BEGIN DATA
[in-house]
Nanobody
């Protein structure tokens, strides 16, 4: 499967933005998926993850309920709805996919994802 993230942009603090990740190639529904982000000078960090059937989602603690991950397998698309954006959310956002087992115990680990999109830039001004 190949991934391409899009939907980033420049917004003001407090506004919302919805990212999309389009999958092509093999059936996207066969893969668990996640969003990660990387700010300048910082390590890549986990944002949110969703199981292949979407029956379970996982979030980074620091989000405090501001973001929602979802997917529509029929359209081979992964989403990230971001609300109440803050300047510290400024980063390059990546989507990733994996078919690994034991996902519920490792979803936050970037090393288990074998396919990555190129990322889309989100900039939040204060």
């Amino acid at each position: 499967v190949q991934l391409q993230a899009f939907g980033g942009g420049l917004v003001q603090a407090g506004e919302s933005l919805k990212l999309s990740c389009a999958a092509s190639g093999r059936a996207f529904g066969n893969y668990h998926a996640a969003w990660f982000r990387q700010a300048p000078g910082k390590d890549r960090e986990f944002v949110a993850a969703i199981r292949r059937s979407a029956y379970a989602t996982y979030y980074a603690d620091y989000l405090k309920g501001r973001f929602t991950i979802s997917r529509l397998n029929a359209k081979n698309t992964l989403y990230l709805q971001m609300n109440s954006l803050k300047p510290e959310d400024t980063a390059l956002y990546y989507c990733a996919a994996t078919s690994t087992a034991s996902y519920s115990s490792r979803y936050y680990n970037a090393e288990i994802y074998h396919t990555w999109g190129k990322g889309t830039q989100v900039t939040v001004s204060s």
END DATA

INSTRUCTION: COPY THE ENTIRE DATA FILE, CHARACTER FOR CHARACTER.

[in-house]
Nanobody
């Protein structure tokens, strides 16, 4: 499967933005998926993850309920709805996919994802 993230942009603090990740190639529904982000000078960090059937989602603690991950397998698309954006959310956002087992115990680990999109830039001004 190949991934391409899009939907980033420049917004003001407090506004919302919805990212999309389009999958092509093999059936996207066969893969668990996640969003990660990387700010300048910082390590890549986990944002949110969703199981292949979407029956379970996982979030980074620091989000405090501001973001929602979802997917529509029929359209081979992964989403990230971001609300109440803050300047510290400024980063390059990546989507990733994996078919690994034991996902519920490792979803936050970037090393288990074998396919990555190129990322889309989100900039939040204060």
């Amino acid at each position: 499967v190949q991934l391409q993230a899009f939907g980033g942009g420049l917004v003001q603090a407090g506004e919302s933005l919805k990212l999309s990740c389009a999958a092509s190639g093999r059936a996207f529904g066969n893969y668990h998926a996640a969003w990660f982000r990387q700010a300048p000078g910082k390590d890549r960090e986990f944002v949110a993850a969703i199981r292949r059937s979407a029956y379970a989602t996982y979030y980074a603690d620091y989000l405090k309920g501001r973001f929602t991950i979802s997917r529509l397998n029929a359209k081979n698309t992964l989403y990230l709805q971001m609300n109440s954006l803050k300047p510290e959310d400024t980063a390059l956002y990546y989507c990733a996919a994996t078919s690994t087992a034991s996902y519920s115990s490792r979803y936050y680990n970037a090393e288990i994802y074998h396919t990555w999109g190129k990322g889309t830039q989100v900039t939040v001004s204060s």